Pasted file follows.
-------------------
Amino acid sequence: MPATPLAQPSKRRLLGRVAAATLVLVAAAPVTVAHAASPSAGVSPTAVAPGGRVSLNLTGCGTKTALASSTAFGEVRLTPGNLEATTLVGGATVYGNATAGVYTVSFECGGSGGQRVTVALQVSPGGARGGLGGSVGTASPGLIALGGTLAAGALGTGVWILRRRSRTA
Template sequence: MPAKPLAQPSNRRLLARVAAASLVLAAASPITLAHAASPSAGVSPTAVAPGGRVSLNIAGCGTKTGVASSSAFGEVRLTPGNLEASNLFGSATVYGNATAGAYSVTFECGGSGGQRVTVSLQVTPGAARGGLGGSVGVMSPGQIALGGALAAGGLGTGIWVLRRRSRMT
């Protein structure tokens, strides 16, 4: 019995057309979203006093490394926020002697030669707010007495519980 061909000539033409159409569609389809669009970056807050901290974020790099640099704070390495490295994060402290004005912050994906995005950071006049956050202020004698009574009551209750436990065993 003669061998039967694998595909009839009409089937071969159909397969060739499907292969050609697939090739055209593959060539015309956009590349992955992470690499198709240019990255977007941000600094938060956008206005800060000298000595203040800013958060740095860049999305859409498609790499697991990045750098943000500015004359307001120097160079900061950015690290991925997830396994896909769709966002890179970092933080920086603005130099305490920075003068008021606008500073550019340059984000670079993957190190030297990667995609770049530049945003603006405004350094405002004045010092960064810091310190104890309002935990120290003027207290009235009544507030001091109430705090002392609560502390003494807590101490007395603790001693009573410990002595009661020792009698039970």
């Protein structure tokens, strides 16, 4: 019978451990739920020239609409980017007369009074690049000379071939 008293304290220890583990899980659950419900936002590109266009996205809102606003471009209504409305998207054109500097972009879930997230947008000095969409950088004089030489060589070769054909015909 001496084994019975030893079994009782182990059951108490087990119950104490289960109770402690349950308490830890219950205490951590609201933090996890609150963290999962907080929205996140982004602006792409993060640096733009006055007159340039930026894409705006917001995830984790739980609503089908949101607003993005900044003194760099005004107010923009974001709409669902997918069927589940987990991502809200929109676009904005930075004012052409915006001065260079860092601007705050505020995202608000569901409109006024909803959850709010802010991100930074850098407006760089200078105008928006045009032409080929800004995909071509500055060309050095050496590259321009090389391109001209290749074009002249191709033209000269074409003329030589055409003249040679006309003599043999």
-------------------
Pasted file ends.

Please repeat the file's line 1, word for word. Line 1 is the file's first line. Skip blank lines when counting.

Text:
Amino acid sequence: MPATPLAQPSKRRLLGRVAAATLVLVAAAPVTVAHAASPSAGVSPTAVAPGGRVSLNLTGCGTKTALASSTAFGEVRLTPGNLEATTLVGGATVYGNATAGVYTVSFECGGSGGQRVTVALQVSPGGARGGLGGSVGTASPGLIALGGTLAAGALGTGVWILRRRSRTA